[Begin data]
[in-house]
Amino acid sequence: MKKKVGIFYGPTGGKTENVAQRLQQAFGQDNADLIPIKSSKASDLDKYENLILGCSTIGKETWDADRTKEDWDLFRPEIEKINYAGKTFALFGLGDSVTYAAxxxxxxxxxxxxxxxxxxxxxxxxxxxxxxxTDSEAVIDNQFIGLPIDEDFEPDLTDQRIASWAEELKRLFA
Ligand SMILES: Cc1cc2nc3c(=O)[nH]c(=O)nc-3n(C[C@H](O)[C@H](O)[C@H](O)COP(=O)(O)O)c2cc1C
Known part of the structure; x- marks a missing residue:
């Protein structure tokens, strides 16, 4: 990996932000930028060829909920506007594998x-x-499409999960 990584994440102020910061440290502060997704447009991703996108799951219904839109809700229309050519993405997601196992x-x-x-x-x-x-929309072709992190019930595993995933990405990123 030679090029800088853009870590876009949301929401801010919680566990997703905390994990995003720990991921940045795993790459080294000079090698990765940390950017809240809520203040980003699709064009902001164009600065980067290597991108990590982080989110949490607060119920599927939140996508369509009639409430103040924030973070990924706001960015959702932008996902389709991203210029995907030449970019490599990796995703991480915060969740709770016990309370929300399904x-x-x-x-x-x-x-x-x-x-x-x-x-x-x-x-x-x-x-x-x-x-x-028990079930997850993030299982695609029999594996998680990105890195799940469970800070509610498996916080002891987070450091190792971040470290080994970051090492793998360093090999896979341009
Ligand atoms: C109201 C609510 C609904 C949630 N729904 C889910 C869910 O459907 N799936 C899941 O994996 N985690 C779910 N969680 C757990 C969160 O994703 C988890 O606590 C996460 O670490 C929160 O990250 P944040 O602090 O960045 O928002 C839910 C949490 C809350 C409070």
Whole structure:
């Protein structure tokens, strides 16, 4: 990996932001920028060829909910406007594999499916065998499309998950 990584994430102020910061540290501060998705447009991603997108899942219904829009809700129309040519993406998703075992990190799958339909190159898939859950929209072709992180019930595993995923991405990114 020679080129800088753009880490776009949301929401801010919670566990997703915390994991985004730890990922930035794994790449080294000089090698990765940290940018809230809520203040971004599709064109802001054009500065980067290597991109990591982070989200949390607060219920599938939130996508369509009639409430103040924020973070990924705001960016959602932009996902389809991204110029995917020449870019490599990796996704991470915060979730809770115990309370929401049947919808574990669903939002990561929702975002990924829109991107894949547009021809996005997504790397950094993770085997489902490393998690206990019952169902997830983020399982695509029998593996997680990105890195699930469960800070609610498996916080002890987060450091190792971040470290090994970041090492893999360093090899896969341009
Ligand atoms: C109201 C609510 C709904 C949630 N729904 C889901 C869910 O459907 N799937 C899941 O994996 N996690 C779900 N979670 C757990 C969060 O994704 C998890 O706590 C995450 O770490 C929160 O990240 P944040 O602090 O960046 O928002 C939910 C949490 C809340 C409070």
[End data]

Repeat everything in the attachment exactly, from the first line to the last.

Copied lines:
[in-house]
Amino acid sequence: MKKKVGIFYGPTGGKTENVAQRLQQAFGQDNADLIPIKSSKASDLDKYENLILGCSTIGKETWDADRTKEDWDLFRPEIEKINYAGKTFALFGLGDSVTYAAxxxxxxxxxxxxxxxxxxxxxxxxxxxxxxxTDSEAVIDNQFIGLPIDEDFEPDLTDQRIASWAEELKRLFA
Ligand SMILES: Cc1cc2nc3c(=O)[nH]c(=O)nc-3n(C[C@H](O)[C@H](O)[C@H](O)COP(=O)(O)O)c2cc1C
Known part of the structure; x- marks a missing residue:
């Protein structure tokens, strides 16, 4: 990996932000930028060829909920506007594998x-x-499409999960 990584994440102020910061440290502060997704447009991703996108799951219904839109809700229309050519993405997601196992x-x-x-x-x-x-929309072709992190019930595993995933990405990123 030679090029800088853009870590876009949301929401801010919680566990997703905390994990995003720990991921940045795993790459080294000079090698990765940390950017809240809520203040980003699709064009902001164009600065980067290597991108990590982080989110949490607060119920599927939140996508369509009639409430103040924030973070990924706001960015959702932008996902389709991203210029995907030449970019490599990796995703991480915060969740709770016990309370929300399904x-x-x-x-x-x-x-x-x-x-x-x-x-x-x-x-x-x-x-x-x-x-x-028990079930997850993030299982695609029999594996998680990105890195799940469970800070509610498996916080002891987070450091190792971040470290080994970051090492793998360093090999896979341009
Ligand atoms: C109201 C609510 C609904 C949630 N729904 C889910 C869910 O459907 N799936 C899941 O994996 N985690 C779910 N969680 C757990 C969160 O994703 C988890 O606590 C996460 O670490 C929160 O990250 P944040 O602090 O960045 O928002 C839910 C949490 C809350 C409070």
Whole structure:
């Protein structure tokens, strides 16, 4: 990996932001920028060829909910406007594999499916065998499309998950 990584994430102020910061540290501060998705447009991603997108899942219904829009809700129309040519993406998703075992990190799958339909190159898939859950929209072709992180019930595993995923991405990114 020679080129800088753009880490776009949301929401801010919670566990997703915390994991985004730890990922930035794994790449080294000089090698990765940290940018809230809520203040971004599709064109802001054009500065980067290597991109990591982070989200949390607060219920599938939130996508369509009639409430103040924020973070990924705001960016959602932009996902389809991204110029995917020449870019490599990796996704991470915060979730809770115990309370929401049947919808574990669903939002990561929702975002990924829109991107894949547009021809996005997504790397950094993770085997489902490393998690206990019952169902997830983020399982695509029998593996997680990105890195699930469960800070609610498996916080002890987060450091190792971040470290090994970041090492893999360093090899896969341009
Ligand atoms: C109201 C609510 C709904 C949630 N729904 C889901 C869910 O459907 N799937 C899941 O994996 N996690 C779900 N979670 C757990 C969060 O994704 C998890 O706590 C995450 O770490 C929160 O990240 P944040 O602090 O960046 O928002 C939910 C949490 C809340 C409070």